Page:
Landscape and garden plants are more than
an aesthetic addition to your property. Researchers
have found that a well-landscaped yard increases home
value by an average of 7.5%, and speeds resale by 5 to
6 weeks. Landscape investments can be recovered
between 100 - 200% in increased home value.
SMUD has quantified the cooling effects of shade trees, which can cut attic temperatures by up to
40 degrees and conserve energy used to cool homes
and buildings. In fact, shade trees are such an
effective means of conserving energy that SMUD actually
pays for programs to give trees to their customers in
the Sacramento area!
Other research has found that an average
front lawn has the cooling effect of 10 tons of air
conditioning, and that a single mature tree can remove 26 lbs.
of carbon dioxide from the atmosphere each year.
While gardeners are most active in the
spring, fall is actually the ideal time of year for garden
and landscape work in most of California. The mild
weather and warm soil promote rapid root growth of
plants, setting the stage for the vigorous top growth that
follows in the spring.
Many flowers can be started in October
from seed or young starts purchased at your local nursery.
The table accompanying this article lists many of the
annual and perennial flowers you can choose from now.
Some of these will flower this winter, while others will
grow now and flower next spring and summer.
Annuals are plants which complete a lifecycle
in one growing season, giving a long season of color
before they are replaced. Sweet peas are an example.
Perennials will grow for several years, blooming again at the
same time each yearthough often for a shorter period
than annuals. Chrysanthemums are a familiar example.
Combining annual and perennial flowers gives the
most color impact over the longest season.
Be sure to shop early for spring-blooming
flower bulbs such as Daffodils, Freesias, Tulips, and more.
Many types spread freely in the garden, requiring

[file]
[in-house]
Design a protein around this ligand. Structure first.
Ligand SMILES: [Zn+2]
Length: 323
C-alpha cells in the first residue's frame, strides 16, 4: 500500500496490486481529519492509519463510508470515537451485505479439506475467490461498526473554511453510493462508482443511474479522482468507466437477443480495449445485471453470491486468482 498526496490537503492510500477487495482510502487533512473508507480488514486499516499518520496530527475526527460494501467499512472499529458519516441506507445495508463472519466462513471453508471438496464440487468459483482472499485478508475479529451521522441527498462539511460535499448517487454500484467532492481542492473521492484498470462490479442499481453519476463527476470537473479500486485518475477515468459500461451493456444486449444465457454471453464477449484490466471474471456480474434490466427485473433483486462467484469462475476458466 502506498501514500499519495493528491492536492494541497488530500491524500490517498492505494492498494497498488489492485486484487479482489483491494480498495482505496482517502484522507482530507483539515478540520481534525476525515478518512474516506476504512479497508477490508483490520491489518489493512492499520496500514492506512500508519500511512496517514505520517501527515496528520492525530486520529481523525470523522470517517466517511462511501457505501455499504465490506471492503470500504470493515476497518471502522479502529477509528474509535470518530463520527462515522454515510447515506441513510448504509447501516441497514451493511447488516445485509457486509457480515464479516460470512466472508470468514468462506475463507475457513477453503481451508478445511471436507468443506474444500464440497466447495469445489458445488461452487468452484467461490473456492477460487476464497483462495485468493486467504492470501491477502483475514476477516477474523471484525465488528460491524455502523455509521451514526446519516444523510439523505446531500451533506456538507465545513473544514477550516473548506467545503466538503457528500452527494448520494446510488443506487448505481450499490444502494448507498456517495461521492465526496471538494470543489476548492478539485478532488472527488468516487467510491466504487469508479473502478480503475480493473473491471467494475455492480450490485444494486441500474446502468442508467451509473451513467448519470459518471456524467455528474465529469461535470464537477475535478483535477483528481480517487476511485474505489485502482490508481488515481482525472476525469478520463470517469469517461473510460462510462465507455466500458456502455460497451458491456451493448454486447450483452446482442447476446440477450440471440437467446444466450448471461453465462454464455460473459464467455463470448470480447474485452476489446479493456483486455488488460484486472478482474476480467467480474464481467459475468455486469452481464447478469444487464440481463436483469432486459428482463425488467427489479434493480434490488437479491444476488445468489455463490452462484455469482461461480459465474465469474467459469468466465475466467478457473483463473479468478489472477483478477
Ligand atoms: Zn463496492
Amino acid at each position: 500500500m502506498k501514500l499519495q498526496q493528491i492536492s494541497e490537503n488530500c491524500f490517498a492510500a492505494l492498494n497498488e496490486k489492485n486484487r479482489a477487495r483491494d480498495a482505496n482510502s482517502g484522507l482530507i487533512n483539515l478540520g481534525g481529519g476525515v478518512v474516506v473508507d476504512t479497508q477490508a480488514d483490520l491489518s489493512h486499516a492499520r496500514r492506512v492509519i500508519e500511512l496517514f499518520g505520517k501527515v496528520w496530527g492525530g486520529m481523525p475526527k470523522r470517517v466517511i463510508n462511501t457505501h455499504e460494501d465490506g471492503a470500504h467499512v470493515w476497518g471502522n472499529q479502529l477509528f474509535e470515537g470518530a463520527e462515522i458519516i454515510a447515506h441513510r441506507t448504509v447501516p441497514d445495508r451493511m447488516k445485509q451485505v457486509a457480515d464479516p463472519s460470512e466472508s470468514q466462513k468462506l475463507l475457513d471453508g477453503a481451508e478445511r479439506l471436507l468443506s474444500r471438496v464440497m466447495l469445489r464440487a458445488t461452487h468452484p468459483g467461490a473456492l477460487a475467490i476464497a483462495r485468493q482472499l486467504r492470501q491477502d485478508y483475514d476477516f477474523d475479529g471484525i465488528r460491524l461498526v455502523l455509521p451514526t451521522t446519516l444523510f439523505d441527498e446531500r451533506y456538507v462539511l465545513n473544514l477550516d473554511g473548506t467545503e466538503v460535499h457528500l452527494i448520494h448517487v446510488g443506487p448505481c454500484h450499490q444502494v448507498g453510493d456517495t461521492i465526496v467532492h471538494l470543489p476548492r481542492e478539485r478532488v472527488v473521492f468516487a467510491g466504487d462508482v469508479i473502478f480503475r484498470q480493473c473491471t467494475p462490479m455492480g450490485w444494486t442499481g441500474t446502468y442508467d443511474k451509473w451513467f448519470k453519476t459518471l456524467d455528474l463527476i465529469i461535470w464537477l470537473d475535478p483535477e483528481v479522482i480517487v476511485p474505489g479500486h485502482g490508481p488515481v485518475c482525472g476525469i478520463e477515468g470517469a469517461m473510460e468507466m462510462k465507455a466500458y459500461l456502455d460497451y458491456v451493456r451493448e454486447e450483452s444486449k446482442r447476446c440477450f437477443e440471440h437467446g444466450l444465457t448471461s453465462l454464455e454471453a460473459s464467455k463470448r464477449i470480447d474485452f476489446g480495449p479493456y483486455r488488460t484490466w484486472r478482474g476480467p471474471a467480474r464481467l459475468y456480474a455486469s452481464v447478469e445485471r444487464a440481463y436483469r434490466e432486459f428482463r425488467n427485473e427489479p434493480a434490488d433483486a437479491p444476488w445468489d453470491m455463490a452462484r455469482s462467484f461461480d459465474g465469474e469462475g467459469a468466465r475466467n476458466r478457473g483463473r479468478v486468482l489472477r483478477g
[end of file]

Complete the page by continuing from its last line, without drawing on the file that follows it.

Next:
little care after planting, and bloom for years.
Cooler nights are bringing the end of the summer vegetable garden, and it is time to start
putting in winter vegetables. Our mild winters allow us to
grow edible plants all year. See the table for examples.
Many winter greens take very well to pots, so
a mix of salad vegetables can even be available to
those with limited gardening space. Leaf lettuces,
Oriental greens, leafy herbs, and gourmet greens like
radicchio and arugula make a good mix in a tub or barrel.
Fall is an especially important time for lawn care.
Lawns should be fed in October with any good
quality lawn fertilizer, and again in November with a
"winter-type" lawn fertilizer. Ask us for advice!
October through mid-November is the ideal time to reseed a thin lawn or install a new one.
Grass seed germinates quickly in the mild fall temperatures,
and both seed and sod make fast root growth.
Fall is also the very best time of the year
for planting shrubs, shade trees, evergreens, and
ground covers. Native and drought-tolerant plants
especially prefer fall planting. Again, the strong root growth in
fall gives the plants a head start compared with those
planted in the spring. The only exceptions would be
subtropical plants such as Citrus and Bougainvillea which might
be damaged in a frost.
The heat of August takes its toll on our plants
as well as on us! Cooler fall weather means it's time to
plant new flowers and vegetables for the winter, rejuvenate
our lawns, put in landscape trees and shrubs, trim back
the perennial border, and plan ahead for a beautiful,
productive garden next spring and summer.